The whale inside

The whale is inside,
Please don’t let it hide,

For you are destined for the ocean,
This magic potion that keeps us alive,

Energy is why we thrive.

So do not waste time on what matters least.
Instead have a feast,

On what you know to be true.

Endure the pain,

For soon will come the rain,
Washing you to shore,

And once more you will rise,
When we finally realise,

That love is the only prize.


Last night I had a dream about whales playing in the ocean.

I have a special connection with whales ever since a close encounter that I had with them 3 years back.

I met someone randomly at the gym a few days ago. As I entered the room he came up to me and asked me about my experience on that fateful Sunday when I was knocked out by one of the most majestic marine mammals to roam the planet.

This person went on to tell me about his own amazing encounter with whales whilst surfing only a week back. He was just surfing by Stanwell Park, in the Illawarra when he was surrounded by a whole heard of whales, curious and interactive.

My new found friend and I seemed to connect on many levels. It was refreshing to meet someone like this, who was incidentally a masters student in Medical Philosophy, doing some fascinating research, because we seemed to be invigorated by a discussion about the bigger picture that often seems to be lost on so many who are caught up on the rat race of life.

Perhaps only those who are truly open to the great majesty and force of nature will be even close to expressing how beautiful it is to behold. This is something we both could relate to, and it wasn’t just about an experiment with whales, it was more about recognizing the gift of nature that is there every moment we are aware.

“In the stillness of a single moment of nature doth the power lie”

I never really know what the purpose of the whale’s message was, but perhaps if we love ourselves enough, we can find a part of their wisdom within us.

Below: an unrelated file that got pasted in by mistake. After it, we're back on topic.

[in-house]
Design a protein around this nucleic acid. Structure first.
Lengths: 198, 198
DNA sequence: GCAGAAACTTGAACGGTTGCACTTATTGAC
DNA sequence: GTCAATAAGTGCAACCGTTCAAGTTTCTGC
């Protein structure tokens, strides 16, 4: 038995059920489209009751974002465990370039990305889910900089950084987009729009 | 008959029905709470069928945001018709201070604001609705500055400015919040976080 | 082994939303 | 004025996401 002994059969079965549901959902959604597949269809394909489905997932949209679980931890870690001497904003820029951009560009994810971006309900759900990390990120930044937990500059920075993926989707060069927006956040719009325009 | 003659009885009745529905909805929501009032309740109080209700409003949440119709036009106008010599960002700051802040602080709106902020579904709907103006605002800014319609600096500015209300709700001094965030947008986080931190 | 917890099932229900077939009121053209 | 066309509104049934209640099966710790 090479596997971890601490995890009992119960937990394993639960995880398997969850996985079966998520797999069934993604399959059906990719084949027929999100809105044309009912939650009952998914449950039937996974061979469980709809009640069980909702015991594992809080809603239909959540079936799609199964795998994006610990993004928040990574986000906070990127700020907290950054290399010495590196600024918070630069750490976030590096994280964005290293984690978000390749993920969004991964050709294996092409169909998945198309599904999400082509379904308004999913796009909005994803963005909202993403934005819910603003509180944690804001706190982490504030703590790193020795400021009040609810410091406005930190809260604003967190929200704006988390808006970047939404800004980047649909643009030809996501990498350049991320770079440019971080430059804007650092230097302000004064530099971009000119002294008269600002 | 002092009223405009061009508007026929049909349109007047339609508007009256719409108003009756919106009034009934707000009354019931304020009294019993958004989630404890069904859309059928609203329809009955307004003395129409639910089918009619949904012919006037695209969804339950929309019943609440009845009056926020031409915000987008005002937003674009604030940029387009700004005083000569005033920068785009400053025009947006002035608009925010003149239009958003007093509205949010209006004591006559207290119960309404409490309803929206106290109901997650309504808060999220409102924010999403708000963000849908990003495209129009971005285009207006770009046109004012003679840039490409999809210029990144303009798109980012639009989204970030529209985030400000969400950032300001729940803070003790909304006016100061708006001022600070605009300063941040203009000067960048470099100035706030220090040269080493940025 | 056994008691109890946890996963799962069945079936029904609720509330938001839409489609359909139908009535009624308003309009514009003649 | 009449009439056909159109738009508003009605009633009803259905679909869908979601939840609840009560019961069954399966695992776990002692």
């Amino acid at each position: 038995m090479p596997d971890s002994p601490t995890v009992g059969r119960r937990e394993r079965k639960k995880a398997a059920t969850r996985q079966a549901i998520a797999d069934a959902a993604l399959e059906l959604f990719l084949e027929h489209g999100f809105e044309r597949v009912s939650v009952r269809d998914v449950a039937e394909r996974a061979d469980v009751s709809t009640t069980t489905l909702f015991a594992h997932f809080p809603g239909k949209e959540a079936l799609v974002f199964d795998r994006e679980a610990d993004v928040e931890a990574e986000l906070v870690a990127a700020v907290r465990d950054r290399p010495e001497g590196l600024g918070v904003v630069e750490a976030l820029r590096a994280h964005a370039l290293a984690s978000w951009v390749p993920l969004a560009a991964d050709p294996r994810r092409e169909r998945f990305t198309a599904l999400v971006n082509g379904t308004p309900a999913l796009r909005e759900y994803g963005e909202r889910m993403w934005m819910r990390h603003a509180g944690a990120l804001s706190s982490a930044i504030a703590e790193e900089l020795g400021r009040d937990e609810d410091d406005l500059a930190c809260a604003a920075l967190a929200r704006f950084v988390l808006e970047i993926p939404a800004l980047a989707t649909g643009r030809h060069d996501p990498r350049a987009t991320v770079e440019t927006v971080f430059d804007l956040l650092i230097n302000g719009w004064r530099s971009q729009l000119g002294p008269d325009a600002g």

Angels of the Sea

Whales are creatures of the ocean,
Teachers of gentle motion,
That allow us to see,
The meaning of “being free”,
For they are the angels of the sea.

14-10-15 Another week, another rotation, and a week closer to the final exam of emergency medicine. I usually find starting a new rotation is stressful because at the beginning it’s hard to know all the ‘ins and outs’ of the job. This week was no exception, except I was blessed by being supported by some wonderful colleagues, especially my intern Kate who had such a positive outlook on medicine and life in general!

After feeling so tired from the week just gone, spending extra hours studying for my emeregency medicine fellowship exam which I will sit in February 2016, I decided to catch up on sleep and skip the opportunity of a morning surf. Instead, Sanna and I decided to go to our favourite café in Thirroul to have a coffee and do some study. However, before sitting I felt a strong calling to first go for a ‘nature break’. As far as my logical mind could reconcile, this venture was going to be a walk to the ocean, for the purpose of gaining some inspiration before going back to practicing exam questions.

When walking down to the Thirroul beach I saw that familiar splash in the distant ocean that always makes me think “is that a whale?”. My knee-jerk reaction was to say to Sanna “Hey I think I just saw a whale! Did you see it?”. She usually discounts such suggestions because I forever seem to be saying, “hey I think I just saw a whale!?”. Sanna has grown to be slightly dismissive about these suggesions, but the great majority of times that I’ve suggested this it has turned out to be correct. I keep seeing them and they keep appearing in my life. Today was a case in point.

When we got down to beach front, I went straight to edgy and we could clearly see at least two maginificent playful whales periodically jumping out of the water creating quite a splash. It was an amazing scene to encounter. No matter how far away, or close, one is to a whale in the wild, it is a magnificent thing to be around them. Interestingly the previous night I had a beautiful dream where I saw a humpback whale jumping out of the ocean in full breach. I had forgotten about this dream – but it seemed to have come true~!


Hit by a whale today

Today I was hit by a whale,

She clipped me with the tip of her tail,

With a force that could easily impale, an unwitting surfer,


So magnificent was her breech,

That many a surfer was out of speech,

Looking onwards in amazement and awe,


With a good 10 minute show,